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Electronic Control for One-cylinder Engines

10/26/2009 12:00 PM EDT
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DJanes
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re: Electronic Control for One-cylinder Engines
DJanes   12/9/2009 2:26:17 PM
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I thinkthe author's assumption is that legislation will mandate these changes, therefore the electrical system will come. The author's company, Freescale, is a semiconductor company. Thus the focus on the electronic components, and "glossing over" the electrical system. I agree with mark_w that automotive electronics have made great strides in reliability, particularly over the last 4 years. Semiconductors have played a major role in the reliability improvements, and automotive semiconductor companies can do a lot to help small engine manufacturers with reliability.

Natrajaprabhu
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re: Electronic Control for One-cylinder Engines
Natrajaprabhu   11/18/2009 12:51:52 PM
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I have no idea

Jeff_Mo
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re: Electronic Control for One-cylinder Engines
Jeff_Mo   11/5/2009 3:53:43 AM
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The 'battery' power source in Fig 1 just ain't gonna happen for the small pull-start market, but users might be OK with multiple starter pulls allowing the flywheel alternator to juice up a supercap. JS

Lloyd P
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re: Electronic Control for One-cylinder Engines
Lloyd P   11/5/2009 3:39:45 AM
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I recently retired from a company that developed a line of electronic controllers for small engine applications about 15 years ago. The project was way far ahead of it's time and failed miserably. The writer glosses over the fact that most small engine applications, except for riding mowers and small tractors, have no electrical system, other than the magneto to generate spark. A battery and charging system will also be required to successfully integrate electronics into small engine applications.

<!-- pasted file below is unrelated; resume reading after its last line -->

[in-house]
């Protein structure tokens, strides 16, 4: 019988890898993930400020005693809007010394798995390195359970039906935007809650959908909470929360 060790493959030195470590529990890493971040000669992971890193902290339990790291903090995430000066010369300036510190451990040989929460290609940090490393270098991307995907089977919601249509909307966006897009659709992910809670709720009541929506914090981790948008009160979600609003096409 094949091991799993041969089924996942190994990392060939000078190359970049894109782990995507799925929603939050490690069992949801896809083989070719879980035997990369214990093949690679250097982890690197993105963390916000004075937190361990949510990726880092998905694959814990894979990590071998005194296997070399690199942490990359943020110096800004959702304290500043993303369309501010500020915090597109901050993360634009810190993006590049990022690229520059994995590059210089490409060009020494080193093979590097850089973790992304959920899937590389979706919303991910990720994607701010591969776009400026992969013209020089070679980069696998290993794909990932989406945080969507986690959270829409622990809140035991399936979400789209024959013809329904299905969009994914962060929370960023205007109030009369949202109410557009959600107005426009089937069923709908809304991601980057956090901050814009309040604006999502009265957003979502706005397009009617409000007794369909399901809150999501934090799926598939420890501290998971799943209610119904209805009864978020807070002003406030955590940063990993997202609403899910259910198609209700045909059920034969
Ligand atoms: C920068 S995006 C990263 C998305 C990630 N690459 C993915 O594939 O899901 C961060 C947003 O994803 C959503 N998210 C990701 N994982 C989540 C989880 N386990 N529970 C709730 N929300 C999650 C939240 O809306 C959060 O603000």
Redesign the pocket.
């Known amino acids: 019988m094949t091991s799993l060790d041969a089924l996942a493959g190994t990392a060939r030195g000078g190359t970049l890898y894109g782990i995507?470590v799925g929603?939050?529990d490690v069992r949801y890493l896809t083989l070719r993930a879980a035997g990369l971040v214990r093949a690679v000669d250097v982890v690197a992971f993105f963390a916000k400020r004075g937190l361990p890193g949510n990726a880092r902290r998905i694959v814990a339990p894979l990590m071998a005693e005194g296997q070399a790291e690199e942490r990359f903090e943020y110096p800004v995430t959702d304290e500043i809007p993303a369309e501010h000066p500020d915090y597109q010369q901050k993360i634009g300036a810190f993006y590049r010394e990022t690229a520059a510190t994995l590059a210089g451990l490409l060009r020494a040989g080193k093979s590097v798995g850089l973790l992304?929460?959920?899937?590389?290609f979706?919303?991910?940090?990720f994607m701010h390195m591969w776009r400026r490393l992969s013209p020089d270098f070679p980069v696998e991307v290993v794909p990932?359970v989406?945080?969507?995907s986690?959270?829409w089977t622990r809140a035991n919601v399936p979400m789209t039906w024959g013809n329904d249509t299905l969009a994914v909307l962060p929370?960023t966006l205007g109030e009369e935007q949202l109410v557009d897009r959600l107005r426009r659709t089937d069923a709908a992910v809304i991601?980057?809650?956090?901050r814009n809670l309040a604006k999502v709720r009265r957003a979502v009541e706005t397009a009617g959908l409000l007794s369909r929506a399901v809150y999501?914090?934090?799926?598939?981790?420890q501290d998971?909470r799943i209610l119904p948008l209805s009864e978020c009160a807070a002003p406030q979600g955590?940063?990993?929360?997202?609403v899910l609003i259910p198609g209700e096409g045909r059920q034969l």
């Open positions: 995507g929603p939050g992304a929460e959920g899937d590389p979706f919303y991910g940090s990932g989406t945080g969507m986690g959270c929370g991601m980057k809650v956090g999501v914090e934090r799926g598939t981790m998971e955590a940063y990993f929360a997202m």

mark_w
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re: Electronic Control for One-cylinder Engines
mark_w   11/4/2009 6:15:40 PM
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Weight and cost seem like legitimate concerns, but automotive electronics can be made pretty reliable. When they aren't, it is usually because specification, design, testing or manufacture have been inadequate. Now whether the manufacturers of leaf blowers can reach the same level of sophistication in this regard as auto suppliers is an open question...

MikeDuvall
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re: Electronic Control for One-cylinder Engines
MikeDuvall   11/4/2009 2:26:29 PM
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My first thought is this is going to be a lot less reliable than what it replaces. More electronics in and exposed environment means more failures. Also as you increase the cost of the electronics you increase the likeyhood the customer will just throw the device away. I have a leaf blower with a bad ignition module. When it runs out of gas I must wait for it cool off to almost stone cold before I can restart it. once it cools off it starts on the first pull. The ignition module cost about $45. I bought a brand new unit with all new attacments for $99 on sale.

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